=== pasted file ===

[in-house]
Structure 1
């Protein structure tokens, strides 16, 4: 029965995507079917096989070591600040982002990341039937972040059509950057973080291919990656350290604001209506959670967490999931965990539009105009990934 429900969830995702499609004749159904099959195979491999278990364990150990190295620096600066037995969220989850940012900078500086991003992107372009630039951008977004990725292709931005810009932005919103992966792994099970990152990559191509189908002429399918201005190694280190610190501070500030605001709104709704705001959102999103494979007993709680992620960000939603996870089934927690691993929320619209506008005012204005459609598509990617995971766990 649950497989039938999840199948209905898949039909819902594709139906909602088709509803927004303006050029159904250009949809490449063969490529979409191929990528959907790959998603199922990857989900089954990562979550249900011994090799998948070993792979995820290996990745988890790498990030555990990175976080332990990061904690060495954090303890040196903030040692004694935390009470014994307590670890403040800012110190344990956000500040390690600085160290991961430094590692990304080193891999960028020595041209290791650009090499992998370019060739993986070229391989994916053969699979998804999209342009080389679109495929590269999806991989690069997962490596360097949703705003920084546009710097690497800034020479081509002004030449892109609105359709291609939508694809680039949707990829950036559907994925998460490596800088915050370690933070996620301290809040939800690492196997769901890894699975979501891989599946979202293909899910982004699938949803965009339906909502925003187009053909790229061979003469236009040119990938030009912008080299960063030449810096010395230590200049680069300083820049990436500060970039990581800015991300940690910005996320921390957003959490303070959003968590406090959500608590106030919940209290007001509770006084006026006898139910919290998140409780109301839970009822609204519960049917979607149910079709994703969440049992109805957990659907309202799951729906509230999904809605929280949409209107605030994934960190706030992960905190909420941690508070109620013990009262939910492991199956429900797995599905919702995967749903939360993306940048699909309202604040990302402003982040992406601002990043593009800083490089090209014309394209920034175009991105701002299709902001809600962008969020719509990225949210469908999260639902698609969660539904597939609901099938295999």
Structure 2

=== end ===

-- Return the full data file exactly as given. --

[in-house]
Structure 1
């Protein structure tokens, strides 16, 4: 029965995507079917096989070591600040982002990341039937972040059509950057973080291919990656350290604001209506959670967490999931965990539009105009990934 429900969830995702499609004749159904099959195979491999278990364990150990190295620096600066037995969220989850940012900078500086991003992107372009630039951008977004990725292709931005810009932005919103992966792994099970990152990559191509189908002429399918201005190694280190610190501070500030605001709104709704705001959102999103494979007993709680992620960000939603996870089934927690691993929320619209506008005012204005459609598509990617995971766990 649950497989039938999840199948209905898949039909819902594709139906909602088709509803927004303006050029159904250009949809490449063969490529979409191929990528959907790959998603199922990857989900089954990562979550249900011994090799998948070993792979995820290996990745988890790498990030555990990175976080332990990061904690060495954090303890040196903030040692004694935390009470014994307590670890403040800012110190344990956000500040390690600085160290991961430094590692990304080193891999960028020595041209290791650009090499992998370019060739993986070229391989994916053969699979998804999209342009080389679109495929590269999806991989690069997962490596360097949703705003920084546009710097690497800034020479081509002004030449892109609105359709291609939508694809680039949707990829950036559907994925998460490596800088915050370690933070996620301290809040939800690492196997769901890894699975979501891989599946979202293909899910982004699938949803965009339906909502925003187009053909790229061979003469236009040119990938030009912008080299960063030449810096010395230590200049680069300083820049990436500060970039990581800015991300940690910005996320921390957003959490303070959003968590406090959500608590106030919940209290007001509770006084006026006898139910919290998140409780109301839970009822609204519960049917979607149910079709994703969440049992109805957990659907309202799951729906509230999904809605929280949409209107605030994934960190706030992960905190909420941690508070109620013990009262939910492991199956429900797995599905919702995967749903939360993306940048699909309202604040990302402003982040992406601002990043593009800083490089090209014309394209920034175009991105701002299709902001809600962008969020719509990225949210469908999260639902698609969660539904597939609901099938295999």
Structure 2